Thursday, 15 July 2010

Squash - Getting better...

2-3 with the final game going to 8-8, against a man closer to my own age... so not quite as embarrasing as the previous 2 games (0-3 drubbings by pensioners).

Not rushing every shot now as I desperately lunge to get close to the ball, but actually getting into decent positions and giving myself a bit more time to consider the shot. Perversely though, most of my unforced errors came from having too much time to think about what I was doing or getting ahead of myself and moving to the next shot before I've played the current one. As a game, it's got a lot more than just physical fitness or even ability to play a shot. The tactical side of squash turns out to a be a whole lot more important than I'd ever imagined it to be! On the other hand, I came off court dripping in sweat and the guys in the court next to us looked like they were in a steam bath, so it's still a mighty work out.

Wednesday, 14 July 2010

Running test

Nice page here on a 1.5 mile running test.

1.5 miles is 2.4 km

To run 2.4km at 15km/hour (the required speed for a 40 min 10km) the 40 year old man will get there in 9 minutes 36 seconds and has a VO2 max > 48 putting him in the top 90% of performers for his age...

Running at 10.8km / hour (my plodding speed) is pretty much the 50% mark - Jo Average! Baws to that!

To get into the top 25% we need to break 11 min 49 seconds, which equates to a running speed of 12.6km/hour - that'll do for a start!

Age Grading & Body weight considerations

So Finlay has issued the Challenge 40. Run a 10km road race with your target time in minutes being your age...

There's been chat of a wee caveat to entice the rugby boys, which is that if you can bench press twice your final time, then you're ok.

That's maybe a wee bit unfair on the shorter, fat chap (me!) so I'm proposing that he introduces actual body weight into that equation to even things up.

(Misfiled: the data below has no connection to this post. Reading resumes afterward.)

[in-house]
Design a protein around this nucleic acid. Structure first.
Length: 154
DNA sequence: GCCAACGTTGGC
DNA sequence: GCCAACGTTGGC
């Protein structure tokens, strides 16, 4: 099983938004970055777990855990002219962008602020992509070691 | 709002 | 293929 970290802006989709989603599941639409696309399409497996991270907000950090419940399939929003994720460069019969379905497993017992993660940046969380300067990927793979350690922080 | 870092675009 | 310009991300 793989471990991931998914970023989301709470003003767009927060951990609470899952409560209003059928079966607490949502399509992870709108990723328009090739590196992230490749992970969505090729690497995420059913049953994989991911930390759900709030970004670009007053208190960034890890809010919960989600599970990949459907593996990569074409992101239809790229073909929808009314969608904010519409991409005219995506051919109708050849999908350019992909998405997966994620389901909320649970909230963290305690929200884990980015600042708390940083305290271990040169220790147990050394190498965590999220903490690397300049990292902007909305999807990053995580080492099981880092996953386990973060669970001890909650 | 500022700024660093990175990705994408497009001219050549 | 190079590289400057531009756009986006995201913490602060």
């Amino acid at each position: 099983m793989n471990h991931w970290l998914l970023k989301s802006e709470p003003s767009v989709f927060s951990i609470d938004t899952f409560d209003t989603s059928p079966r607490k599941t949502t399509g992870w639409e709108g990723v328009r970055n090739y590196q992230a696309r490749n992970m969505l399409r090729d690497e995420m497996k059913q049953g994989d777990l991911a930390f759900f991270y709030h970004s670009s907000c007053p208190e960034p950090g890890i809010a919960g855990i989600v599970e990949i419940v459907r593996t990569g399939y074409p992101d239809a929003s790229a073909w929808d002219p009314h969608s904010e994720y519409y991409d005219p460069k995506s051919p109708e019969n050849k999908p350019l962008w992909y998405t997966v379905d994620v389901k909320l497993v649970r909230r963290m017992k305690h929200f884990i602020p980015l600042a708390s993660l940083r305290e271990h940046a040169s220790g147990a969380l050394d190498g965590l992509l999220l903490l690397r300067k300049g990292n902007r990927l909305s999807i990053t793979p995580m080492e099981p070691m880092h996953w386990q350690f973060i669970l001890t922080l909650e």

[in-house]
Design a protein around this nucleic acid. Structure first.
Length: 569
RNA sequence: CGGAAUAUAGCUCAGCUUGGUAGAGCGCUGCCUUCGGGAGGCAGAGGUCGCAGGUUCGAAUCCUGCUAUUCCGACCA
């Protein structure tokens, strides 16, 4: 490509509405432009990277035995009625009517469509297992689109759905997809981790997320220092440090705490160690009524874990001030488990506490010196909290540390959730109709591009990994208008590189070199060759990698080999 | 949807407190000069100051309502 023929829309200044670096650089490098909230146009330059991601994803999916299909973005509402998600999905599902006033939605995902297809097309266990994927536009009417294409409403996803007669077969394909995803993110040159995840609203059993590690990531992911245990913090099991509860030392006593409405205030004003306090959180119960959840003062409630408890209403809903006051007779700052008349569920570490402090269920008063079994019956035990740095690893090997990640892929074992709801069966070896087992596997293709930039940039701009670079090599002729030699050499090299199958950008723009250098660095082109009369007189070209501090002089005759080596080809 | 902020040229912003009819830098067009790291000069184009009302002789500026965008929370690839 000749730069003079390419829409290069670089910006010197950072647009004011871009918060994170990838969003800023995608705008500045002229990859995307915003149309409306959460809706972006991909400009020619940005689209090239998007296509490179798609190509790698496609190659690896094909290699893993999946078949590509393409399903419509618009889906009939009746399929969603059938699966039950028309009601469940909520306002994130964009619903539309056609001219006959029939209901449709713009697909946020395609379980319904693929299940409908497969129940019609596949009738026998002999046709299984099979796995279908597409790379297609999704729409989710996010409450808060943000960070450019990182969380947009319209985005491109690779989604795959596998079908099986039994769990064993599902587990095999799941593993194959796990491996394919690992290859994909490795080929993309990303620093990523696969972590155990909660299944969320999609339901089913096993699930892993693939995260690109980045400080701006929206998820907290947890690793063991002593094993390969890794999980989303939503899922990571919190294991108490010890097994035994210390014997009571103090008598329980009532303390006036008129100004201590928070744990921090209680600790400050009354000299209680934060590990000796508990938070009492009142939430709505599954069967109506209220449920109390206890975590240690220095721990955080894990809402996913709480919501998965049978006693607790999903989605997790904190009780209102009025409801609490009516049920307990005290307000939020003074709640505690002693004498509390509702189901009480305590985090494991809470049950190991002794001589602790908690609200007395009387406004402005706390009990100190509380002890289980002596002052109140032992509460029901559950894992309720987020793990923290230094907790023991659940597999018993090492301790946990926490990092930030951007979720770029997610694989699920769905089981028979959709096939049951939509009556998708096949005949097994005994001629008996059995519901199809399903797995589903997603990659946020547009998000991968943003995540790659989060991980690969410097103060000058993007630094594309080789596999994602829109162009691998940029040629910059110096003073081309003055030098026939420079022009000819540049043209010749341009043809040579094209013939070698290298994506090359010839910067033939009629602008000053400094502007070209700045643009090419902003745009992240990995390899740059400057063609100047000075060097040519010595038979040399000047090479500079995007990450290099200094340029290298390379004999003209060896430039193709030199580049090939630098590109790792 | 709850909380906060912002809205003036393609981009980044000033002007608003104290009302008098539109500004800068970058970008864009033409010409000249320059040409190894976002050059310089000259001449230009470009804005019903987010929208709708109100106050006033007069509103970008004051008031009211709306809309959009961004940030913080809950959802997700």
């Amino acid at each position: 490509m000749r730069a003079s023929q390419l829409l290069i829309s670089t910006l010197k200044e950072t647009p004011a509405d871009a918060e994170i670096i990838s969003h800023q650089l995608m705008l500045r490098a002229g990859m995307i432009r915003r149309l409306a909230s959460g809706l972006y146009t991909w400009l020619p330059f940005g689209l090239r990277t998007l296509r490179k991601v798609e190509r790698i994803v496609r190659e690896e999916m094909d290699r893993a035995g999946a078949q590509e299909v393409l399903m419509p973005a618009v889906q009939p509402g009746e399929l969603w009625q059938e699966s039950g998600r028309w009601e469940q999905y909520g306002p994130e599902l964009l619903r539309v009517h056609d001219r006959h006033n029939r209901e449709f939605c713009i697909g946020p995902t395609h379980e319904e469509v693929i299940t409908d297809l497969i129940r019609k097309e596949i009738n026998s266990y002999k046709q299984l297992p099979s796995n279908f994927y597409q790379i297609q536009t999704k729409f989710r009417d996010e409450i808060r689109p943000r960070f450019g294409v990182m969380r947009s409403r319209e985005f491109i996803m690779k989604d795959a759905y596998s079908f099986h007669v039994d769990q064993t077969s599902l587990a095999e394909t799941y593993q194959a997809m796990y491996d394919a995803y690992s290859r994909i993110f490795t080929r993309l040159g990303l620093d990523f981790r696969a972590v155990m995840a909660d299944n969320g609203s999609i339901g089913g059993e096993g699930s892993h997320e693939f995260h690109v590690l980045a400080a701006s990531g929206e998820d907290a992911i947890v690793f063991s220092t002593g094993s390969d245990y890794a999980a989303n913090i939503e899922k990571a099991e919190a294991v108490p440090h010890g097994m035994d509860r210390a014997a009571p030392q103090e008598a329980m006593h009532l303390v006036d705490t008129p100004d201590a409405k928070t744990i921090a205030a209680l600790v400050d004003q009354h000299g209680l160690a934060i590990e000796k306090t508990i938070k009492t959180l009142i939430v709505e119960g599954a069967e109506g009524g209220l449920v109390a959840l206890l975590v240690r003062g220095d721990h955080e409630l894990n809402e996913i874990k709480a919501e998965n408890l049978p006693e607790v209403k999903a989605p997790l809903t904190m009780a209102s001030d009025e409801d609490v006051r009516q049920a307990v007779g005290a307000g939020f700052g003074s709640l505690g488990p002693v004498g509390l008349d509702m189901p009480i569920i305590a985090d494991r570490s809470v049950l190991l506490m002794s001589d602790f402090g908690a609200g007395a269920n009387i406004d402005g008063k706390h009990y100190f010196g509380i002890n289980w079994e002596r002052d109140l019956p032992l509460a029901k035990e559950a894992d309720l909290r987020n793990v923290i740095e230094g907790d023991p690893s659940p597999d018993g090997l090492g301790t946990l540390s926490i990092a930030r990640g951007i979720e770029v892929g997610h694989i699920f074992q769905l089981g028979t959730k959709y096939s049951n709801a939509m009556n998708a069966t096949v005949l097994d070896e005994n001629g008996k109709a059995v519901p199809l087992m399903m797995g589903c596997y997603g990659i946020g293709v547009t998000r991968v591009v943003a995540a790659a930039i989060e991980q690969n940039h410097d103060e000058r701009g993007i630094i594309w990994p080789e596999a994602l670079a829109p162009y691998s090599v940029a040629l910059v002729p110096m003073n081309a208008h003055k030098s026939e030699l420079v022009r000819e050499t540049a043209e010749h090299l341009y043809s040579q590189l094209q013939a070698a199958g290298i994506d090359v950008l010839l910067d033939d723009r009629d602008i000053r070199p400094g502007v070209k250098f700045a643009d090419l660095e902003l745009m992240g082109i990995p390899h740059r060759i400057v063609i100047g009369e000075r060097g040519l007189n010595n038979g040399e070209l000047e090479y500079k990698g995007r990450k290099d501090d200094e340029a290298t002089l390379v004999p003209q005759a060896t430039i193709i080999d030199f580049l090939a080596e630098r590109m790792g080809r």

Bench press = (Race time / Age) * Body weight.

So an 85 kg chap running in 40 minutes should bench press 85kg, but if he runs in 45 mins, he needs to bench press 95.625kg.

The gist of it is there are 2 aims here... Run 10k as fast as you can and lose as much weight as you can, but there's no real hiding place!

Anyway, speaking of the Challenge 40 - seemingly arbitrary time limit, I thought I'd do a wee bit research. There's a method used by many running clubs to grade people using the age of the runner and the approximate world record level for a runner that age.

There's a link here but to put things into persepective - a word I'm coming around to hating! - A 40 year old running a 10km race in 40 minutes gets an age graded score of 71.02% - which is actually a Regional class time. The world record for a 40 year old would be 28:25

Your age-graded score is the ratio of the approximate world-record time for your age and gender divided by your actual time.

Age-graded scores have been categorized into these broad achievement levels:
100% = Approximate World Record Level
Over 90% = World Class
Over 80% = National Class
Over 70% = Regional Class
Over 60% = Local Class

To score 100% you would need a time of:

Your age-graded time is your finish time adjusted to that of an open division participant using a factor for age and gender. Thus, the times for women and older participants are adjusted downward, while the times for most open division participants (such as 25-year-old men) remain the same.

Look, noone said it was an easy challenge!

Press up Tests

Physical fitness isn’t just about lifting. It’s about how strong you are relevant to your body weight, says Martin Rooney, the author of Ultimate Warrior Workouts. That’s why he has his athletes-in-training do body-weight tests. If they struggle, they need to either gain strength or lose weight.

The challonge:
Do as many push-ups as you can in three minutes

The Rules:
1. Rest whenever you want, but keep the clock running the whole time.
2. For a rep to count, you must maintain perfect form: elbows locked at the top, chest five centimetres above the floor at the bottom, hips not sagging and knees not touching the floor.
3. Pace yourself however you’d like, but it’s best not to rush, says Rooney. Take a 15-second break once you slow down after your first burst. Then take longer breaks as you become more tired, he says. Never push yourself to total fatigue.

How did you do?

< 55 Below average
55-74 Average
75-99 Good
100-110 Excellent
> 110 Extraordinary

Back in the day, I always expected that I should be able to do at least 50 press ups in under a minute without stopping otherwsie I would not make myself available to play rugby... Seems like it wasn't such a bad wee test to have! Wonder how I'll do today??